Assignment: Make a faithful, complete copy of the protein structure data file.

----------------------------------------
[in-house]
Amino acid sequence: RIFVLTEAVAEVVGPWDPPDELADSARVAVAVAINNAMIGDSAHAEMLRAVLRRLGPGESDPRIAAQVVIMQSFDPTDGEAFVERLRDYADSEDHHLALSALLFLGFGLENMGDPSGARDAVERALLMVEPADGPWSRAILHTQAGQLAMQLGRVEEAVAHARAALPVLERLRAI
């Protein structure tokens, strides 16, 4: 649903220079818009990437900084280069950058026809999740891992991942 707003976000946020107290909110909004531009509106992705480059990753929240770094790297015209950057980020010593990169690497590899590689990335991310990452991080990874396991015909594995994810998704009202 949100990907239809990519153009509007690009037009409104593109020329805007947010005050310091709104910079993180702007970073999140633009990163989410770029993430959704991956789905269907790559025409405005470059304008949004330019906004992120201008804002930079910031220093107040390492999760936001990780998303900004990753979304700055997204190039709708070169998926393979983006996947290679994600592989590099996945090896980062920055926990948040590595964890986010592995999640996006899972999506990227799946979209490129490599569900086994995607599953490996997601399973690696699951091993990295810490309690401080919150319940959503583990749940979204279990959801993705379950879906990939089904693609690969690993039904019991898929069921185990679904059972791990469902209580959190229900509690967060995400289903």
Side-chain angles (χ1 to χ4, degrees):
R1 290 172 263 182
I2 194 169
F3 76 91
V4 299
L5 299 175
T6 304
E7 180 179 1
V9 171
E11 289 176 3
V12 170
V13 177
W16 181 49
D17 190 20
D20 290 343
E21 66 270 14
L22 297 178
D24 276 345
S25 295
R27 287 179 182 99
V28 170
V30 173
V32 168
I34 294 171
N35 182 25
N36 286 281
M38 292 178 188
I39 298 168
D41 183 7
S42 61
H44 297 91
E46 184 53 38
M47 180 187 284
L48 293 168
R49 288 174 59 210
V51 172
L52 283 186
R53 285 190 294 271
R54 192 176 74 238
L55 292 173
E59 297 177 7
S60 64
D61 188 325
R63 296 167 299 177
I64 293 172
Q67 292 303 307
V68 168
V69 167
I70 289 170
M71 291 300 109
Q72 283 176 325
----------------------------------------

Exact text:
[in-house]
Amino acid sequence: RIFVLTEAVAEVVGPWDPPDELADSARVAVAVAINNAMIGDSAHAEMLRAVLRRLGPGESDPRIAAQVVIMQSFDPTDGEAFVERLRDYADSEDHHLALSALLFLGFGLENMGDPSGARDAVERALLMVEPADGPWSRAILHTQAGQLAMQLGRVEEAVAHARAALPVLERLRAI
């Protein structure tokens, strides 16, 4: 649903220079818009990437900084280069950058026809999740891992991942 707003976000946020107290909110909004531009509106992705480059990753929240770094790297015209950057980020010593990169690497590899590689990335991310990452991080990874396991015909594995994810998704009202 949100990907239809990519153009509007690009037009409104593109020329805007947010005050310091709104910079993180702007970073999140633009990163989410770029993430959704991956789905269907790559025409405005470059304008949004330019906004992120201008804002930079910031220093107040390492999760936001990780998303900004990753979304700055997204190039709708070169998926393979983006996947290679994600592989590099996945090896980062920055926990948040590595964890986010592995999640996006899972999506990227799946979209490129490599569900086994995607599953490996997601399973690696699951091993990295810490309690401080919150319940959503583990749940979204279990959801993705379950879906990939089904693609690969690993039904019991898929069921185990679904059972791990469902209580959190229900509690967060995400289903």
Side-chain angles (χ1 to χ4, degrees):
R1 290 172 263 182
I2 194 169
F3 76 91
V4 299
L5 299 175
T6 304
E7 180 179 1
V9 171
E11 289 176 3
V12 170
V13 177
W16 181 49
D17 190 20
D20 290 343
E21 66 270 14
L22 297 178
D24 276 345
S25 295
R27 287 179 182 99
V28 170
V30 173
V32 168
I34 294 171
N35 182 25
N36 286 281
M38 292 178 188
I39 298 168
D41 183 7
S42 61
H44 297 91
E46 184 53 38
M47 180 187 284
L48 293 168
R49 288 174 59 210
V51 172
L52 283 186
R53 285 190 294 271
R54 192 176 74 238
L55 292 173
E59 297 177 7
S60 64
D61 188 325
R63 296 167 299 177
I64 293 172
Q67 292 303 307
V68 168
V69 167
I70 289 170
M71 291 300 109
Q72 283 176 325